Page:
• Emerging Media

The Achilles Heel of Autumn

By Ben Farrell (Chaminade) '21


Everyone has an opinion on what their favorite holiday is: some love Christmas, others love Halloween, and some people prefer Easter. You never seem to hear about, however, what people’s least favorite holidays are. Anyone in their right mind knows there is a hierarchy of American holidays, and that there are roughly 3 tiers in said hierarchy. On top we have the big ones: Christmas, Easter, and Thanksgiving. These holidays focus primarily on gathering the family and are rooted deeply in traditions. The tier underneath this consists of holidays of which you know the date but you only celebrate by attending a party or a dinner at best. These holidays include New Years, Halloween, Valentine’s day, the 4th of July… etc. These holidays are big enough to warrant a change in the décor at a local Walgreen’s or shopping mall or shape the look of commercials on TV to feature hearts or Jack-o'-lanterns, but at the end of the day they just don’t sit in the same league as a Christmas or an Easter in terms of celebration. Then there is the lowest caste of holidays: holidays that you only notice because you get a day off school or there is a celebratory sale at your local Chevy dealership. Holidays like these barely qualify as holidays at all. However, arbitrarily ranking holidays is not why I am writing this article. I am writing this article because I have a bone to pick with thanksgiving in particular.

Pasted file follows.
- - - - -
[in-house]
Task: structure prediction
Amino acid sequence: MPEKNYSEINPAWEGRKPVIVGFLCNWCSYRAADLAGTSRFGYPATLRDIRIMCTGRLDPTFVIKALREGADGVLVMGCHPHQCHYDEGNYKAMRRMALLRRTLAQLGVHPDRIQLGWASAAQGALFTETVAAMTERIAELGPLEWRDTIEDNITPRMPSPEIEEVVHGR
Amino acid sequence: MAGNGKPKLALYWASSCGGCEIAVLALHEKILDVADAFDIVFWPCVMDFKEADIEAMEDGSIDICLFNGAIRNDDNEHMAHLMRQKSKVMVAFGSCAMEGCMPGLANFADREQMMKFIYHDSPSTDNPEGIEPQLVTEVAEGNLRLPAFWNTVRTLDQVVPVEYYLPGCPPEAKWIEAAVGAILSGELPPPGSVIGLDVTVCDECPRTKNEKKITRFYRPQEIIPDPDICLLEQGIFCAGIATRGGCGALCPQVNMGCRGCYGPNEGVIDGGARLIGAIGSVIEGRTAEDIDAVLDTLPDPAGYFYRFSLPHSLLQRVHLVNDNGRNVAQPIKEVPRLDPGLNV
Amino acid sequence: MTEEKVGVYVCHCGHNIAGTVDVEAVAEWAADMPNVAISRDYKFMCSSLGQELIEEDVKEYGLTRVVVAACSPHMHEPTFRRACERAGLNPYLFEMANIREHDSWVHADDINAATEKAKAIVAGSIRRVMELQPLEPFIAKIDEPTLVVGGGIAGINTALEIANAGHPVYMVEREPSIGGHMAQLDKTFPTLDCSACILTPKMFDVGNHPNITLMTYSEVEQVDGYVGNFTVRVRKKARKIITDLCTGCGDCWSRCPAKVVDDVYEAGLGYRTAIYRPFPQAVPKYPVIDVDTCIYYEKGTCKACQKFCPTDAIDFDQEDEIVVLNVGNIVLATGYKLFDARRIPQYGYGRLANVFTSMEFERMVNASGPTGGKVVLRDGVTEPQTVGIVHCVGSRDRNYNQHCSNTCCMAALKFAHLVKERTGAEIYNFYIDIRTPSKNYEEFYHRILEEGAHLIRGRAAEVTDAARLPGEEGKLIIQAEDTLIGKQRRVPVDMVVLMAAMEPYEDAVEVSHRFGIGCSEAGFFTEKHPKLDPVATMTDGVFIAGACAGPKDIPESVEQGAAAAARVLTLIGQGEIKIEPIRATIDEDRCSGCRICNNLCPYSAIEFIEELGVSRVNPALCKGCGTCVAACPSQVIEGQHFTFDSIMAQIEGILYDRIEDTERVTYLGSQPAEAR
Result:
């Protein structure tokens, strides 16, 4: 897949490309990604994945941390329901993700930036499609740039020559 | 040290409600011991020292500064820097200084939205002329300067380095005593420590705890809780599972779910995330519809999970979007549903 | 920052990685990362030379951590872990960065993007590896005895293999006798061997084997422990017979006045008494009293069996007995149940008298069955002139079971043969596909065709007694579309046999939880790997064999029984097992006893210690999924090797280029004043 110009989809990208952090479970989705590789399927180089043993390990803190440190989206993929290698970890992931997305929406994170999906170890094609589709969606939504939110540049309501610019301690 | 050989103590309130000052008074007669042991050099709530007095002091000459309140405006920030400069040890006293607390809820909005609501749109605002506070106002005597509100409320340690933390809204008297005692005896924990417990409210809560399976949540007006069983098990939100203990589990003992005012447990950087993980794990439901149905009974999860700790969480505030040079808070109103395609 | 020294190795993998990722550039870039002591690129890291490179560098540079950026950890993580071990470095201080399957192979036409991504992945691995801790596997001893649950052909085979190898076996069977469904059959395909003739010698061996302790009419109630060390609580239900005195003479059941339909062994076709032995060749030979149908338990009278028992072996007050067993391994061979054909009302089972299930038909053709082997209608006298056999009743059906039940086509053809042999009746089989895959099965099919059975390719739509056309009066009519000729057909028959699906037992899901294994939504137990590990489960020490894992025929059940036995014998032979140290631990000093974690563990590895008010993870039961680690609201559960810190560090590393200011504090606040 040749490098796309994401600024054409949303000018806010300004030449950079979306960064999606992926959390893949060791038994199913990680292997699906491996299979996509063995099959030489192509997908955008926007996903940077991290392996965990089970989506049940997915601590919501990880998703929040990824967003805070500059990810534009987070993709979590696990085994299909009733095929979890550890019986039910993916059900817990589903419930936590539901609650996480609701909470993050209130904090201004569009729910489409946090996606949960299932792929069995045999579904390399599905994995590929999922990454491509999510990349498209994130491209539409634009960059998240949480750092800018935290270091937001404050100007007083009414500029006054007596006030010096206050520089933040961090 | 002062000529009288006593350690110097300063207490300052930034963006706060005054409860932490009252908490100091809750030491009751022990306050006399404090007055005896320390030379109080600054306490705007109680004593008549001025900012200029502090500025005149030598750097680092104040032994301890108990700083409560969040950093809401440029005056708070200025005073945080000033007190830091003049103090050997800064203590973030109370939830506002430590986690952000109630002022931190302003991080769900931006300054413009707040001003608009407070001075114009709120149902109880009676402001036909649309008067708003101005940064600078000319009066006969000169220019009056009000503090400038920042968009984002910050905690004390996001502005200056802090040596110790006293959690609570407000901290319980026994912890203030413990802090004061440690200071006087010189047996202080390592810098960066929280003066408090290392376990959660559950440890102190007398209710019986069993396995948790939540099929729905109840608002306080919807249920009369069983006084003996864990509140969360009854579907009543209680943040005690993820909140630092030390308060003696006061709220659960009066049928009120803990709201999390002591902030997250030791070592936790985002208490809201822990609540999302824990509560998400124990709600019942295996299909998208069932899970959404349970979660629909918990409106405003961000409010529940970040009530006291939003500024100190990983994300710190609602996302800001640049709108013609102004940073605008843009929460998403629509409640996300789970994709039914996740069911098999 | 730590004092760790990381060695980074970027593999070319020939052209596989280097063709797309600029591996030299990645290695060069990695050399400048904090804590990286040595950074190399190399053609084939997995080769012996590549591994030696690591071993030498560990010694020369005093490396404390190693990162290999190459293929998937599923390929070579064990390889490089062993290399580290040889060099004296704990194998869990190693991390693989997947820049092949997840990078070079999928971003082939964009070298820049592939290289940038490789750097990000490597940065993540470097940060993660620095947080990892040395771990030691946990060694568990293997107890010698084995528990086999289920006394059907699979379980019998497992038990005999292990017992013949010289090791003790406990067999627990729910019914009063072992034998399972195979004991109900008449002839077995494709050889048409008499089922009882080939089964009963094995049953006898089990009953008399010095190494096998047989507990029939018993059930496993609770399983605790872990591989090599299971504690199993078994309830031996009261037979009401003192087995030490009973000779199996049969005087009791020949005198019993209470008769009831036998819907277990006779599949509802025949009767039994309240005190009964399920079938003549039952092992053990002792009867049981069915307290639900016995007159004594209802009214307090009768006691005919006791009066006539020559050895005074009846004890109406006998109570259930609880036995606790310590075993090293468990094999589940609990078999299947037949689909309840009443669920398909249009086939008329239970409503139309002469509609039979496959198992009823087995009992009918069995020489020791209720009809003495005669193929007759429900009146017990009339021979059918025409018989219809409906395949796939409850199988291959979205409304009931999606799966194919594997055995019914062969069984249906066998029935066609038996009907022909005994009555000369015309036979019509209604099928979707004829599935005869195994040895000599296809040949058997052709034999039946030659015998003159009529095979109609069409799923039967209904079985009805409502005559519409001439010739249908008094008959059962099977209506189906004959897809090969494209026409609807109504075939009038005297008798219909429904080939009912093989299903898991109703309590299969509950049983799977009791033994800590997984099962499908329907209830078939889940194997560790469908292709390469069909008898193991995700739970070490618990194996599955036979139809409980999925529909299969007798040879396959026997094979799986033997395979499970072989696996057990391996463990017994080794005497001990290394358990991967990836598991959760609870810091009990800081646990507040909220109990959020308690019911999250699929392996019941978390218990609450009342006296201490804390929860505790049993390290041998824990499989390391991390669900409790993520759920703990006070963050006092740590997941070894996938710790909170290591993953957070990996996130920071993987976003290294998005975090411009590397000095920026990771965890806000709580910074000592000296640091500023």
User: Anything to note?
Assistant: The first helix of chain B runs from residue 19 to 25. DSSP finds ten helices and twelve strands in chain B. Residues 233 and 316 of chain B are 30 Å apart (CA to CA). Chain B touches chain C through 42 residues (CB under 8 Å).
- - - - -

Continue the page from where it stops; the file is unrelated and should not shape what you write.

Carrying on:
Fall is my favorite time of year. The weather is decidedly wonderful; and, in my opinion, no season beats hoodie season. The leaves and trees are gorgeous, but the presence of Halloween is what cements fall as my favorite season. However, as excellent as autumn is, it possesses an “Achilles Heel” that I simply cannot overlook: Thanksgiving. To begin, Thanksgiving has an origin story that in modern times is everything but worth celebrating. In 2020 we should be well beyond celebrating the evils of early American colonialism. I have several problems with the food as well. While it is an absolute staple of thanksgiving cuisine, I think it is time we stopped pretending that turkey is the end-all-be-all of yearly feasts. Turkey is rather lacking when it comes to commonly consumed poultry, and many would argue that if duck were more popular it would eclipse turkey in no time. The traditional palate of foods present at Thanksgiving also makes it difficult for those who are vegan or vegetarian to find decent things to eat. At the end of your feast of mediocrity you are then rewarded with the most disappointing looking lineup of pies and gross deserts money can buy. Not once in my 18 years of living have I met someone who genuinely enjoyed pecan pie. There also an excessive amount of food waste produced through the holiday. Now that we've finished discussing food, I can delve into my other grievances. I will just say it right now, the color scheme is gross. Nothing says Thanksgiving like that ugly brown, orange, and yellow flannel shirt your cousin wears. The Macy’s Thanksgiving Day parade is stupid, and we need to stop pretending it's fun to watch. Thanksgiving is also bound to bring you and your family together, and if you are lucky enough to see your relatives each year, you absolutely have something to be grateful for. However, every year there is always that one cousin or uncle who is bound to bring up politics and other uncomfortable topics during the meal. In my opinion, it is time to ditch Thanksgiving. Spend time with your family and create close bonds with them throughout the year so that this holiday does not have to be the only time you see them. If you can, have family gatherings on Sundays and make food that is creative and not the same meal every single time. Grow closer as a family and let the potency of holidays like Thanksgiving fade. At the end of the day, my opinion may be harsh, and some of you may disagree, but I think it is high time we left this holiday behind.